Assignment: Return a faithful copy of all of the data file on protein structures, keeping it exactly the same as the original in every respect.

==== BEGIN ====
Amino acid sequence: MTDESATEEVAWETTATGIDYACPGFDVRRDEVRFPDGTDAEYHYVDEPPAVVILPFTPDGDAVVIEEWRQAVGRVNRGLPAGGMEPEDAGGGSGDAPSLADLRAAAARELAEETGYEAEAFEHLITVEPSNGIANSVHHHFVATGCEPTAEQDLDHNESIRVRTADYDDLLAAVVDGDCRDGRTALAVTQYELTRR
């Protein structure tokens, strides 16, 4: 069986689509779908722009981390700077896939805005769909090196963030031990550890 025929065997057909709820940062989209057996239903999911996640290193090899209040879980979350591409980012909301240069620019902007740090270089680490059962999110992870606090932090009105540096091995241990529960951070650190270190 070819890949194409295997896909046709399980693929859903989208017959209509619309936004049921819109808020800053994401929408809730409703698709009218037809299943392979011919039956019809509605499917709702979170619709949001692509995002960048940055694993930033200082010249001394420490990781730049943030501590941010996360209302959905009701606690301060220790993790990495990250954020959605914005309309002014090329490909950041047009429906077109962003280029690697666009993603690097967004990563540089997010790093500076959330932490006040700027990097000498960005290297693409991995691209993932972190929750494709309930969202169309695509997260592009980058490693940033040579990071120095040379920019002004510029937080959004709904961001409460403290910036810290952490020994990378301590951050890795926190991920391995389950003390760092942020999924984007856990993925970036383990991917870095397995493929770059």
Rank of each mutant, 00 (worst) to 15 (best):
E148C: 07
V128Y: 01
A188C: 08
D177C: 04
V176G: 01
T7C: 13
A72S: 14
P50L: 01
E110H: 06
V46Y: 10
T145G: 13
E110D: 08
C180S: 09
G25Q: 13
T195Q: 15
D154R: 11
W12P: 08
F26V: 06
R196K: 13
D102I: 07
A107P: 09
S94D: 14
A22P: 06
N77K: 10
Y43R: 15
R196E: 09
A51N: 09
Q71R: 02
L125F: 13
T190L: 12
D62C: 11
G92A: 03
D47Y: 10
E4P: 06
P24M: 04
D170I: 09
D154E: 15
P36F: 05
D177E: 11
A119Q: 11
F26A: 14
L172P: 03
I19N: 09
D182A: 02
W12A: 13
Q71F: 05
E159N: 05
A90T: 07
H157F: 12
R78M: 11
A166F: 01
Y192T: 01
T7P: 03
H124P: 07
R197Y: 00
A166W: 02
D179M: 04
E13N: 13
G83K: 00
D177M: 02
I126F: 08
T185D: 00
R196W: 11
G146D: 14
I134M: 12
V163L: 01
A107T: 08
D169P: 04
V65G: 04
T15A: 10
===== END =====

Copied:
Amino acid sequence: MTDESATEEVAWETTATGIDYACPGFDVRRDEVRFPDGTDAEYHYVDEPPAVVILPFTPDGDAVVIEEWRQAVGRVNRGLPAGGMEPEDAGGGSGDAPSLADLRAAAARELAEETGYEAEAFEHLITVEPSNGIANSVHHHFVATGCEPTAEQDLDHNESIRVRTADYDDLLAAVVDGDCRDGRTALAVTQYELTRR
């Protein structure tokens, strides 16, 4: 069986689509779908722009981390700077896939805005769909090196963030031990550890 025929065997057909709820940062989209057996239903999911996640290193090899209040879980979350591409980012909301240069620019902007740090270089680490059962999110992870606090932090009105540096091995241990529960951070650190270190 070819890949194409295997896909046709399980693929859903989208017959209509619309936004049921819109808020800053994401929408809730409703698709009218037809299943392979011919039956019809509605499917709702979170619709949001692509995002960048940055694993930033200082010249001394420490990781730049943030501590941010996360209302959905009701606690301060220790993790990495990250954020959605914005309309002014090329490909950041047009429906077109962003280029690697666009993603690097967004990563540089997010790093500076959330932490006040700027990097000498960005290297693409991995691209993932972190929750494709309930969202169309695509997260592009980058490693940033040579990071120095040379920019002004510029937080959004709904961001409460403290910036810290952490020994990378301590951050890795926190991920391995389950003390760092942020999924984007856990993925970036383990991917870095397995493929770059």
Rank of each mutant, 00 (worst) to 15 (best):
E148C: 07
V128Y: 01
A188C: 08
D177C: 04
V176G: 01
T7C: 13
A72S: 14
P50L: 01
E110H: 06
V46Y: 10
T145G: 13
E110D: 08
C180S: 09
G25Q: 13
T195Q: 15
D154R: 11
W12P: 08
F26V: 06
R196K: 13
D102I: 07
A107P: 09
S94D: 14
A22P: 06
N77K: 10
Y43R: 15
R196E: 09
A51N: 09
Q71R: 02
L125F: 13
T190L: 12
D62C: 11
G92A: 03
D47Y: 10
E4P: 06
P24M: 04
D170I: 09
D154E: 15
P36F: 05
D177E: 11
A119Q: 11
F26A: 14
L172P: 03
I19N: 09
D182A: 02
W12A: 13
Q71F: 05
E159N: 05
A90T: 07
H157F: 12
R78M: 11
A166F: 01
Y192T: 01
T7P: 03
H124P: 07
R197Y: 00
A166W: 02
D179M: 04
E13N: 13
G83K: 00
D177M: 02
I126F: 08
T185D: 00
R196W: 11
G146D: 14
I134M: 12
V163L: 01
A107T: 08
D169P: 04
V65G: 04
T15A: 10